"If we would have won, they would have taken us on our own Birthright-type trip over there, but I'm going to try and get out there, for sure," Pederson says, referring to the philanthropic venture whereby young American Jews between the ages of 18 and 26 get a free, guided, 10-day trip to Israel. "I have a couple buddies who went on Birthright, and they said it was an incredible experience."
When Pederson arrived in Arizona this spring for his first Major League camp with Los Angeles, he brought his older brother – former University of Pacific star and current Dodgers minor leaguer Tyger Pederson -- with him. The two live together, and commute to and from camp. He also re-connected with Green, who pulled on the Dodger uniform for the first time in years to do a little coaching.
"When came around here, it was just cool to check in," Pederson says. "I spent a lot of time with him, and he came to our winter development camp, and gave a speech, so I've seen him throughout the past few years quite a bit. He's a good dude."
Green spent just a few days at Camelback Ranch, but it was long enough to see Pederson break a scoreless tie with the White Sox in the seventh inning with a titanic opposite-field two-run home run.
"I think a lot of it has been Donnie (Mattingly), who's really been talking to me about really slowing the game down and controlling it, getting a mental approach. I was just trying to slow it down, get a good pitch to hit and put a good swing on it, don't try and do too much. Luckily, it went out of the park," says Pederson. He's heard that mantra before -- several times, in fact – from Green. "Kind of find that focal point, and really lock in on that and don't try and go above that, because you're not at your best when you're exerting too much energy, or your energy level is too high."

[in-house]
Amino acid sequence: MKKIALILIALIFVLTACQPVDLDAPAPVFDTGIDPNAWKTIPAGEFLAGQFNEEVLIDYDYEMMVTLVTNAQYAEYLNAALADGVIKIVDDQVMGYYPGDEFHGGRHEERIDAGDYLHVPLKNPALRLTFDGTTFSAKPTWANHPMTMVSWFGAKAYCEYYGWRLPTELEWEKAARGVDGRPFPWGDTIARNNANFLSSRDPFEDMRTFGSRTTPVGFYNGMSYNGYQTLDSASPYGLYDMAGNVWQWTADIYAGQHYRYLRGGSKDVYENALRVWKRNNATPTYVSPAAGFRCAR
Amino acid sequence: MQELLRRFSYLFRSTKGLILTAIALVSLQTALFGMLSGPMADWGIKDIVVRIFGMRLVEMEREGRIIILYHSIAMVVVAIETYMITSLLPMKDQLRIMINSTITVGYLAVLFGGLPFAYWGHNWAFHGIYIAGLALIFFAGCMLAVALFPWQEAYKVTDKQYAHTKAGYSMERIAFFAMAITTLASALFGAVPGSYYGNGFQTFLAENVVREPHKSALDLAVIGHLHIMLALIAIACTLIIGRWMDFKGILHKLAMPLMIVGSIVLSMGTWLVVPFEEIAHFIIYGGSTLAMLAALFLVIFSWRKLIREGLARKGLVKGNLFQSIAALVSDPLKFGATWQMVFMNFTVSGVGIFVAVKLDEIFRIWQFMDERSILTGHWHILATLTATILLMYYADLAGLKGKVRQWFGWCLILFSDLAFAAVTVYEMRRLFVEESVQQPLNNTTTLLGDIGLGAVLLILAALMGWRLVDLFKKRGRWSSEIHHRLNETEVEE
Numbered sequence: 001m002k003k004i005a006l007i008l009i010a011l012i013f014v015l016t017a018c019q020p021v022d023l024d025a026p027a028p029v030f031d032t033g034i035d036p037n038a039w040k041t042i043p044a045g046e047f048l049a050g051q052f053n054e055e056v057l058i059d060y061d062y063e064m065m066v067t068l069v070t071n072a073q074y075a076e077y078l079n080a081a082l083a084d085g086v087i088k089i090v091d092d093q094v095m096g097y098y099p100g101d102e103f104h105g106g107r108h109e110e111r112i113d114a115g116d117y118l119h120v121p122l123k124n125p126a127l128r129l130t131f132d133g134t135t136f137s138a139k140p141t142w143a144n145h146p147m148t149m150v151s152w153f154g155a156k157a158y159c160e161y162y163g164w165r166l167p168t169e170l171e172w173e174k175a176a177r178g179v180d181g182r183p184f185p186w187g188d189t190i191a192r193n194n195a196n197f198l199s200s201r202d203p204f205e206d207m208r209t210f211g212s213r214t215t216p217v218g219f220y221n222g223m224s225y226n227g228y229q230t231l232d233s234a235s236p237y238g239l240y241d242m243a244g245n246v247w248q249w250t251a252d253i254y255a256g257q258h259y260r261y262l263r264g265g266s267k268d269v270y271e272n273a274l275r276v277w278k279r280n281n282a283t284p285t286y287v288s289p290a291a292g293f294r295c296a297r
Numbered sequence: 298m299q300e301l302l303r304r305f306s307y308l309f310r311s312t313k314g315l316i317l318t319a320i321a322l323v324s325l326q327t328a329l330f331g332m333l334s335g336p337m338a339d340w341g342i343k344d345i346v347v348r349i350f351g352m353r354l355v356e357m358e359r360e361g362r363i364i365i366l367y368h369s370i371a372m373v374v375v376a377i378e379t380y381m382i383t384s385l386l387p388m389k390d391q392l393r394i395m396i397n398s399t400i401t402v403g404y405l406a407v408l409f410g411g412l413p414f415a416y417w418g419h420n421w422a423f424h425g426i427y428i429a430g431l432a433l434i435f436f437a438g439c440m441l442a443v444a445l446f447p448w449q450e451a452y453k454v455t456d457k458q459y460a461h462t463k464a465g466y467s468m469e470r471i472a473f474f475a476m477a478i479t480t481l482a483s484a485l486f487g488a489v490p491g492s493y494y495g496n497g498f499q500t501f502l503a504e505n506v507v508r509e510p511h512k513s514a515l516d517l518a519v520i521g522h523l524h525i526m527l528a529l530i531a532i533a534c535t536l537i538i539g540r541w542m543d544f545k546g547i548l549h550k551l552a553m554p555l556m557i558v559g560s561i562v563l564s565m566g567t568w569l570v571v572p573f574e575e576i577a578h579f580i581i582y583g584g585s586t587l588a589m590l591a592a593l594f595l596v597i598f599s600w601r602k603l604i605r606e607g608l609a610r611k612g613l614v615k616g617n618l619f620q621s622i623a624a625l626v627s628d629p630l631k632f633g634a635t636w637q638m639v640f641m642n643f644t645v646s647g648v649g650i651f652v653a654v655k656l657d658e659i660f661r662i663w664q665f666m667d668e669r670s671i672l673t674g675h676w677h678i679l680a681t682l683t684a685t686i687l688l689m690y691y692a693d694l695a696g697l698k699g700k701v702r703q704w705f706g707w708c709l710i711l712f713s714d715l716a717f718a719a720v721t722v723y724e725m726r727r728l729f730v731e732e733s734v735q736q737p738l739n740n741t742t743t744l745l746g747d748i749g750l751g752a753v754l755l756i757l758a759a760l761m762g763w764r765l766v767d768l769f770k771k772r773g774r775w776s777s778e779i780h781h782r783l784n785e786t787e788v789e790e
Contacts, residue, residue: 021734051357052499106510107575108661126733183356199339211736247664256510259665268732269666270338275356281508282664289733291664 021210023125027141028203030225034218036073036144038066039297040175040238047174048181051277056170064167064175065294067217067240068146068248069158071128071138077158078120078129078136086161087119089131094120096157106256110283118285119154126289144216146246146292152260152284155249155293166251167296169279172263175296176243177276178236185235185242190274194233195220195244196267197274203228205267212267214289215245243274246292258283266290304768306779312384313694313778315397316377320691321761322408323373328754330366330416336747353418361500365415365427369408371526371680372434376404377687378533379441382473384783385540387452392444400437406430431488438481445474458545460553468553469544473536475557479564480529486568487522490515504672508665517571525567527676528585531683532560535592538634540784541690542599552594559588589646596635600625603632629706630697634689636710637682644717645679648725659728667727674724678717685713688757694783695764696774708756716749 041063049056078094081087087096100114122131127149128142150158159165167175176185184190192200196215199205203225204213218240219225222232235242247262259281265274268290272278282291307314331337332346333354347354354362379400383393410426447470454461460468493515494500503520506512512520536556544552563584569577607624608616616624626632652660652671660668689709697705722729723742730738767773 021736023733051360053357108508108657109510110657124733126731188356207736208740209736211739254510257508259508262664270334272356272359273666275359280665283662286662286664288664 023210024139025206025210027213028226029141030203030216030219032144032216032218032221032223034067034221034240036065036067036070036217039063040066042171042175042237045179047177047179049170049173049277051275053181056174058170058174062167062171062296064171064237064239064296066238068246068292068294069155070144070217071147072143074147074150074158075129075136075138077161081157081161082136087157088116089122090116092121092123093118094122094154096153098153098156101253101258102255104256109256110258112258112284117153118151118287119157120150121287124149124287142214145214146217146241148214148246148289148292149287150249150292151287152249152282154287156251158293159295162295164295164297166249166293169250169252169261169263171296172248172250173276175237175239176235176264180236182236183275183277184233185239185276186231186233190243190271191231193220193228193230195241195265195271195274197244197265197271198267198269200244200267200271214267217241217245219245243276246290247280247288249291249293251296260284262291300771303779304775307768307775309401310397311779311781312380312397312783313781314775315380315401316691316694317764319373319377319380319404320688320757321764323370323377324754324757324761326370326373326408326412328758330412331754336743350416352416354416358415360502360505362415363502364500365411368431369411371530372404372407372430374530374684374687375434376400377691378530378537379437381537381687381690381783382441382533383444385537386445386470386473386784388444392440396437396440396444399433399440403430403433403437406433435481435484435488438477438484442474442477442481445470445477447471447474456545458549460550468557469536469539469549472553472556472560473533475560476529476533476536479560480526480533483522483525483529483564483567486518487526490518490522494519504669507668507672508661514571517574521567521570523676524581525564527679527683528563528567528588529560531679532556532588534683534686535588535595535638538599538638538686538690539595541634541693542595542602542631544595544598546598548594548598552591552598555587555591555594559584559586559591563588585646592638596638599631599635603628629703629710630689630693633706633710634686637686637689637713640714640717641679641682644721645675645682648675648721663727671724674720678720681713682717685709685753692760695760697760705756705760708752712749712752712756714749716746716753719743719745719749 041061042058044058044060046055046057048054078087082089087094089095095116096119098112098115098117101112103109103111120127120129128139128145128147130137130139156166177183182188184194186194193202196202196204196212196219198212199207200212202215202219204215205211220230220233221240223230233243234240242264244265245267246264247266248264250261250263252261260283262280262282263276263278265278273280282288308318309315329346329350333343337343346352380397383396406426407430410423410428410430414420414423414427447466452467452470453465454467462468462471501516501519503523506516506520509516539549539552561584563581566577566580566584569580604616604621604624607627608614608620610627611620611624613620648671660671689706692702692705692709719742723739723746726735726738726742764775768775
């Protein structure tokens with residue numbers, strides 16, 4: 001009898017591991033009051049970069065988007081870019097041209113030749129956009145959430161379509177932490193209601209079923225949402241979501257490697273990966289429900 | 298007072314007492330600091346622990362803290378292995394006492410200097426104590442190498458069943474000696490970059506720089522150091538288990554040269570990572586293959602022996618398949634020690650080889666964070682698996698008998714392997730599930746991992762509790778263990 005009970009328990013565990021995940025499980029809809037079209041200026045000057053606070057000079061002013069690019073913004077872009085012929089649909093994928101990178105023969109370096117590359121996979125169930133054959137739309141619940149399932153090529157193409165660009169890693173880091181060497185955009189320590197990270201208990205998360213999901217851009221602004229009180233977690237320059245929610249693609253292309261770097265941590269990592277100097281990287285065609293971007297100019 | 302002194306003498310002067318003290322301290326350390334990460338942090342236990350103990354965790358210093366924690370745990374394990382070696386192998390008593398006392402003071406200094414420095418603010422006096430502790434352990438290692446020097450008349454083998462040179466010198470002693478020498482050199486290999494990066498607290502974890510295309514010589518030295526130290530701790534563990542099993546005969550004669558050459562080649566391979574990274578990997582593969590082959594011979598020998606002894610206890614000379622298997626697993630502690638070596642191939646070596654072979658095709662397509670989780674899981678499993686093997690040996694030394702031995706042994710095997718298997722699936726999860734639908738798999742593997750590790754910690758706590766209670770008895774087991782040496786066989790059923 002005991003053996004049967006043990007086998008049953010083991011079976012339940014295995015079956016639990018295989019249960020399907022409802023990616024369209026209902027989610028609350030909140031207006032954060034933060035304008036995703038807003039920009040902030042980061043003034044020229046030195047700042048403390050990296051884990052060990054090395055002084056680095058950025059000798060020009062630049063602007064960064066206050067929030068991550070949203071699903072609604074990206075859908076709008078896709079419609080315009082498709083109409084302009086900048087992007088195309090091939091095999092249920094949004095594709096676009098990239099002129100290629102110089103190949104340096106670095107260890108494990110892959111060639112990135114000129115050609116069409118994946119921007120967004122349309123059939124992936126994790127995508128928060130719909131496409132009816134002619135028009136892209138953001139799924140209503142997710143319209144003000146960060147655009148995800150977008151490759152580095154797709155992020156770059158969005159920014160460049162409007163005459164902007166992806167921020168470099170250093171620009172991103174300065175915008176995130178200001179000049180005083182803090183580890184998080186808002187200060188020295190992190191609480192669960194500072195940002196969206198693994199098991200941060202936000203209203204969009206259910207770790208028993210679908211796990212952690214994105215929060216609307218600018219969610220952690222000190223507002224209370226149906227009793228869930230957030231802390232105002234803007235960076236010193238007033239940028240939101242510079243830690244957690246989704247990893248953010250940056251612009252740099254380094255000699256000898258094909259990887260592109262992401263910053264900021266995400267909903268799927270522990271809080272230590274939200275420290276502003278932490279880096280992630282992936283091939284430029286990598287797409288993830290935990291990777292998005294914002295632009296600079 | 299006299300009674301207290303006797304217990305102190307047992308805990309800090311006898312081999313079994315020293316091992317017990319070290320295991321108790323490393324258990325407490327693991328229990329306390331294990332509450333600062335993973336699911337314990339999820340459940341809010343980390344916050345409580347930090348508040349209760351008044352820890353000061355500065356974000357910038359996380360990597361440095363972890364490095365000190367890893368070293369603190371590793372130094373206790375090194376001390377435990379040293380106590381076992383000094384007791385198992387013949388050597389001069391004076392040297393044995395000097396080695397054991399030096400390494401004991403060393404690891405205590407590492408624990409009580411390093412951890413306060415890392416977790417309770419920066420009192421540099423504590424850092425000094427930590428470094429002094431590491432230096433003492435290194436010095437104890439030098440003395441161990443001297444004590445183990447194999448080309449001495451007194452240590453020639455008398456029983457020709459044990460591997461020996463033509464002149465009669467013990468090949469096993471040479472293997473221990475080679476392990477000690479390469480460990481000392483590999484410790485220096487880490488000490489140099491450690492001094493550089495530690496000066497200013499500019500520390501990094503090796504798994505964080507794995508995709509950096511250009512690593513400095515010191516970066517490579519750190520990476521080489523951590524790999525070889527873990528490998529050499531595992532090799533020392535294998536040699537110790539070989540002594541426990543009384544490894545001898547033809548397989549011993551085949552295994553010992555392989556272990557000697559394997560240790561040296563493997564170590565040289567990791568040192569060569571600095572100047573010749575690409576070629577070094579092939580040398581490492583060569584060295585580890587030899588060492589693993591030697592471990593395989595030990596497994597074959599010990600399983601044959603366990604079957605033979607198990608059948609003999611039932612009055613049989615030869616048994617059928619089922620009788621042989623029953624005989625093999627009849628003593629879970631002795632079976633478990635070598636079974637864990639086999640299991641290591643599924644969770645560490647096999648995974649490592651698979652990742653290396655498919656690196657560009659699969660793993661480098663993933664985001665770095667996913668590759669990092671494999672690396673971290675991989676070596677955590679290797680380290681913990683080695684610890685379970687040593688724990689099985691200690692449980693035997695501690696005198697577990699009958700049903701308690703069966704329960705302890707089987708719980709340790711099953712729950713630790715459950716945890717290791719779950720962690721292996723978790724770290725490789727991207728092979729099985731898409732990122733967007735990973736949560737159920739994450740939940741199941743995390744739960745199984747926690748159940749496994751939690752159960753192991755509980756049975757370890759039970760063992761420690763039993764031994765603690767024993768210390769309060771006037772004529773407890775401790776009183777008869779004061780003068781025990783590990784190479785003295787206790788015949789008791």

Pederson has taken that approach off the field and into the race for an outfield spot with the Dodgers, which, depending on Kemp's health, could be a four-man or five-man logjam, with Andre Ethier, Carl Crawford and Yasiel Puig also in the mix.
"I think I've just got to go about my business, and play the game the right way," says Pederson. "Hopefully, my ability shows on the field. I think a lot of it is just the mental side, maturing, playing an older-type game, a more advanced-type game. I think it's just a lot of maturity and getting a little better approach at the game, being more efficient on your routes in the outfield, hitting more efficiently, just getting a routine that you can go to – stuff like that. I'm fortunate enough to be here with these guys to take notes after them and have guys like Greenie come in and tell me about his routine. I'm like, ‘OK, well, he does this, Ethier does this, Kemp does this, Crawford […] – I can kind of build off of that, and then people can go, ‘Joc does this.' I see what they all do and then make it into mine, and one day, I'll be where they are."
As Pederson walks into the locker room following a 3-3 Dodgers tie with the Brewers last week, the game's starting pitcher -- Josh Beckett -- playfully squawks at the rookie: "Two walks? I expected so much more." Beckett didn't put in his tie-breaking home run request early enough, it would seem.
"I was just looking for good at-bats, more than anything," says Mattingly. "I just want to give him some experience, let him have some at-bats in camp. I think we all like his swing. He's got nice, easy timing. We're just looking for guys to have good at-bats. We'll see what it looks like in spring training, and then go from there."
For Pederson, it doesn't much matter where he winds up this season, but though conventional wisdom would put him at Triple-A, where he can get 500 at-bats and regular playing time, rather than as the fourth or fifth outfielder on a loaded Dodgers side, the dream of being a Major Leaguer doesn't deal in rationality.
"I think, right now, it's about getting at-bats, but if they think that I can help the team win, and all I get is 50 at-bats to try and help the team win, that's what my job is," says Pederson. "It's all about winning. That's on them. That's out of my control. When I'm in the lineup, I'm going to play, and when I'm not, it is what it is."
‘It is what it is.' Shawn Green would be proud.
Past Meets Present Meets Future for Pederson